Which Companies Should Be Audited?

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What is Audit? 

“Audit” means to examine something thoroughly. “Auditing is an independent inspection of the financial information of any organization; whether profit-oriented or not profit-oriented, irrespective of its legal form, status or size when such examination is conducted with a view to express an opinion thereof”.

Need For Company Audit

Regardless of size or turnover, any business must have its accounts audited by a Statutory Auditor and file the reports with the Registrar of Companies.

Every business is required by the Companies Act 2013 to keep its books of accounts, other related books and documents, and financial statements providing an accurate and reasonable view on an accrual basis and using the double entry method, which must be held at the company’s registered office for each financial year. After filing a notice with the Registrar of Companies, the board of directors can hold the books of accounts in any other location in India.

Who can become Auditor of a Company

A company’s audit is conducted by the Statutory Auditor, who is appointed by the company’s Annual General Meeting. Only a Chartered Accountant with a valid certificate of practise under the Chartered Accountants Act, 1949, may become the company’s auditor. In addition, if the majority of the partners are practising in India and are eligible for appointment, the company may nominate a firm as its auditor. Furthermore, only chartered accountant partners would be permitted to sign on behalf of such a company.

Appointment of First Auditor by a Company.

The first auditor of a company must be named by the board of directors within 30 days of the company’s incorporation date. If the Board fails to select one, the company’s shareholders must hold an Extraordinary General Meeting 120 days after the date of incorporation to appoint the first auditor.

Appointment of Auditor at AGM of Company.

The statutory auditor is elected by the shareholders of the corporation at an annual general meeting and serves for five years unless removed or the auditor resigns.

Rotation of Auditors

Auditors are appointed for a five-year term at the AGM. Auditor rotation is applicable to companies that fall into the following categories:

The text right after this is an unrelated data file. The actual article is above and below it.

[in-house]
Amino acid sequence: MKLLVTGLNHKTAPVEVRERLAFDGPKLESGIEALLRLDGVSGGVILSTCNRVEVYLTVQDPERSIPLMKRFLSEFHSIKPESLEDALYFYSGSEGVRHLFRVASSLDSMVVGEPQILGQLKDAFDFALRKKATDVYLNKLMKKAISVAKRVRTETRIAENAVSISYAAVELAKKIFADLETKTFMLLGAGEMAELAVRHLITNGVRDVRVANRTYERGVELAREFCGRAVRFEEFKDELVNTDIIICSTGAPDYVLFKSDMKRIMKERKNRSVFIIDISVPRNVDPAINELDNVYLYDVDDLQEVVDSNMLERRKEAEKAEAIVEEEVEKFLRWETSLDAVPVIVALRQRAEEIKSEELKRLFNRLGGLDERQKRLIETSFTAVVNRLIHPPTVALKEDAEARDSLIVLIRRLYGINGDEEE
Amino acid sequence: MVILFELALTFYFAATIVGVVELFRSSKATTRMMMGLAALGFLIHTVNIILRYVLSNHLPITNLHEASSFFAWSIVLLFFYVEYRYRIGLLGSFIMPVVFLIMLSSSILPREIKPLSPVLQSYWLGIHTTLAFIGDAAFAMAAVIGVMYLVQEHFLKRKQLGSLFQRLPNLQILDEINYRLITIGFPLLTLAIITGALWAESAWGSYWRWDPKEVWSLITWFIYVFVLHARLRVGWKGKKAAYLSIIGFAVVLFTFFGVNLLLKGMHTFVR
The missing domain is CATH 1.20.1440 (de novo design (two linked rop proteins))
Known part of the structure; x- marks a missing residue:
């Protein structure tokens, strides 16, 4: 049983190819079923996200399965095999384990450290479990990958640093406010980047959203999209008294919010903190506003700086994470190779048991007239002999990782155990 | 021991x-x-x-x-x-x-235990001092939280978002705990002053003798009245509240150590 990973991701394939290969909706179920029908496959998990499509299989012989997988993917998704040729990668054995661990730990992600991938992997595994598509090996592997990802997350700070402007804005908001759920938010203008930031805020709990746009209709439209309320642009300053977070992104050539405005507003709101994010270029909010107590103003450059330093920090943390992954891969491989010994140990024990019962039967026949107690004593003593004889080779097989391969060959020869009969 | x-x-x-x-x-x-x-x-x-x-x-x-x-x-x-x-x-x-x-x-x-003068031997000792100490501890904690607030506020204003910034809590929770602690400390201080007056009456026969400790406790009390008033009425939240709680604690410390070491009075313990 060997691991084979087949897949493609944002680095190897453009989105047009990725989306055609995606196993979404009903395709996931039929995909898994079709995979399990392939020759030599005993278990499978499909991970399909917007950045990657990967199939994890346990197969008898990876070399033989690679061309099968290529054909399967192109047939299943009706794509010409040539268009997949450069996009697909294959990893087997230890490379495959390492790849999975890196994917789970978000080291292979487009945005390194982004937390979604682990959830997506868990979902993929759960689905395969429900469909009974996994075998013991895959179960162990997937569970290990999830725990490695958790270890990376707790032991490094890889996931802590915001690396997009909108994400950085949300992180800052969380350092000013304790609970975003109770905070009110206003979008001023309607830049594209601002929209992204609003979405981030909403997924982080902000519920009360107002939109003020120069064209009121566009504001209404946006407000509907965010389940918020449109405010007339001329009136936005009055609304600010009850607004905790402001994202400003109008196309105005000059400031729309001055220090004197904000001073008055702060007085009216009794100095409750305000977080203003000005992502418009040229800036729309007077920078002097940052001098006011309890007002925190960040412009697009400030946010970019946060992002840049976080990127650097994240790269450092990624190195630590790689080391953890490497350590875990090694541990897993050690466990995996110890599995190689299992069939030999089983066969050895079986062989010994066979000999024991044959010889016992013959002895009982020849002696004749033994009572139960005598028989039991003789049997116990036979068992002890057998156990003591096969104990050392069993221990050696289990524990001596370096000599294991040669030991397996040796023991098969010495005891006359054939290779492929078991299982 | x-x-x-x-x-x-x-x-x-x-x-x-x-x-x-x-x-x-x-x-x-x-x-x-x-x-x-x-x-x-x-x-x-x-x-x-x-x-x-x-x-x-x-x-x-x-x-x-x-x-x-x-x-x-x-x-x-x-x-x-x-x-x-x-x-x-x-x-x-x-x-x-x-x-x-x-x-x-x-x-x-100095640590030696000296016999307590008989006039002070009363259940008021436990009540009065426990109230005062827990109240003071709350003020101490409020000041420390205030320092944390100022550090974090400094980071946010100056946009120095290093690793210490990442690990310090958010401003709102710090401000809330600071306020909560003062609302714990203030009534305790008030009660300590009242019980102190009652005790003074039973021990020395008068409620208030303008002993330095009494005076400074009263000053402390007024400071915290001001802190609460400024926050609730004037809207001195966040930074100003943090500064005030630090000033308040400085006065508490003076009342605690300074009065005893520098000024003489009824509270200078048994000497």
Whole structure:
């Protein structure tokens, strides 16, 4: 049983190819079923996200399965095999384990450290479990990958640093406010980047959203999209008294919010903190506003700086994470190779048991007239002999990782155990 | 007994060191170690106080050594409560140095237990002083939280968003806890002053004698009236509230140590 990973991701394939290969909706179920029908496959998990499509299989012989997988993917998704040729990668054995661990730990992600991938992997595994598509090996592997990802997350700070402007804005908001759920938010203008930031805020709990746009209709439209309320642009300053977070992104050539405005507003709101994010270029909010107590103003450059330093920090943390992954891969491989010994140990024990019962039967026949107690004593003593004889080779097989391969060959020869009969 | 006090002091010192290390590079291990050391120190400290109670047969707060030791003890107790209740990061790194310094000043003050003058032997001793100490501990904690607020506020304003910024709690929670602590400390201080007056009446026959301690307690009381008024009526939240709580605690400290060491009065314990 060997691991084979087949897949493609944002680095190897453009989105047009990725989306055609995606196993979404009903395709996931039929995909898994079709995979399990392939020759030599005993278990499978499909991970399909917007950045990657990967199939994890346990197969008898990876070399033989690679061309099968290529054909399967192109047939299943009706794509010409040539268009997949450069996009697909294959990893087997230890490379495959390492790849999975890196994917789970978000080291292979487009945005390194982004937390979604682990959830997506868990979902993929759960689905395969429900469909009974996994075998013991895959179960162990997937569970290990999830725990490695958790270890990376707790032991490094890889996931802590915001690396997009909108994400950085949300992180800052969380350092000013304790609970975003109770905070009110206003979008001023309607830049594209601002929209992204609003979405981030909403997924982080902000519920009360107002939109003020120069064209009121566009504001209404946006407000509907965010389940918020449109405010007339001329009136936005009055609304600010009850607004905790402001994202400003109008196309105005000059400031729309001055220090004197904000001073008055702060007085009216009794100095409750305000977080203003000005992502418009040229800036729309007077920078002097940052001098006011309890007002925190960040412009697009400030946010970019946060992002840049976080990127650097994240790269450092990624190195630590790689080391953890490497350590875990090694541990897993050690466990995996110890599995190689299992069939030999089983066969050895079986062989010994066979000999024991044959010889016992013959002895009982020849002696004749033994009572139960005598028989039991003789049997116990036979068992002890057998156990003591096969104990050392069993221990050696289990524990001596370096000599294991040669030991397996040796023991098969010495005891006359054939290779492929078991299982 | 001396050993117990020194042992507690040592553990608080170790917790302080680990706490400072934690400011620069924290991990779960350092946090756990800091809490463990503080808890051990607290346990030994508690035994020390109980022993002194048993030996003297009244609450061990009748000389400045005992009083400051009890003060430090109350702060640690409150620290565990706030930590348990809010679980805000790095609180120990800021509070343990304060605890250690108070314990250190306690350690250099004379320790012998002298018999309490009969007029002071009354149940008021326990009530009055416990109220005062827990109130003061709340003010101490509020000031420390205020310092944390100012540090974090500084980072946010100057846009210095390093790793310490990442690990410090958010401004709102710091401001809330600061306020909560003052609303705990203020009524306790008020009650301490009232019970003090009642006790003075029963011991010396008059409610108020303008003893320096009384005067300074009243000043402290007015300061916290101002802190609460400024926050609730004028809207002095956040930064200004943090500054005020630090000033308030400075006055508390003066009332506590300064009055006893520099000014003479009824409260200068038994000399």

• Publicly Listed Companies

• An unlisted public company with a paid-up share capital of at least Rs. 10 crores;

• Private limited companies with a paid-up capital of at minimum Rs. 50 crore;

• Unlisted public companies and private companies with public borrowings of rupees 50 crore or more from financial institutions, banks, or public deposits.

Auditor rotation does not extend to one-person firms (OPCs) or small businesses. That means that OPC and Small Businesses can appoint or reappoint an individual for more than one term of five years or an auditing firm for more than two terms of five years.

Auditor to Sign Audit Reports

In accordance with the Act, the statutory auditor must sign the auditor’s report or approve financial statements and other documents as required.

Timeline for Company Audit

Auditing is a continuous process that reviews different compliances, risks, and accounting standards. Following the end of a financial year (March 31st), the company must file financial statements based on the books of accounts held, and the board of directors must authorise them for submission to the audit process.

After that, the auditor must write a detailed audit report reporting the transaction’s accuracy and whether it reflects an accurate and fair view. The company must hold its Annual General Meeting (AGM) within six months of the financial year’s end, and notice of the AGM must be issued to all shareholders at least 21 days before the meeting. Members must receive a copy of the Directors Report and the Audited Financial Statement, as well as the auditors’ report, along with notice of the AGM. As a result, the Auditors Report must be made available before the notice is sent.

Notice of AGM must be sent by the first week of September if the organisation wishes to hold an AGM by the 30th of September (6 months from the date of closing of accounts). As a result, the Audit of Company Accounts should be done by August 31st.

Company Annual Filing

Any company that is registered under the Companies Act must file annual returns with the Registrar of Companies. The filing of the company’s Audited Annual Financial Accounts along with the  Directors Report, and Annual Return with the Registrar of Companies is referred to as “Company Annual Filing.” Any registered company, whether or not it conducts business, is required to file these annual reports.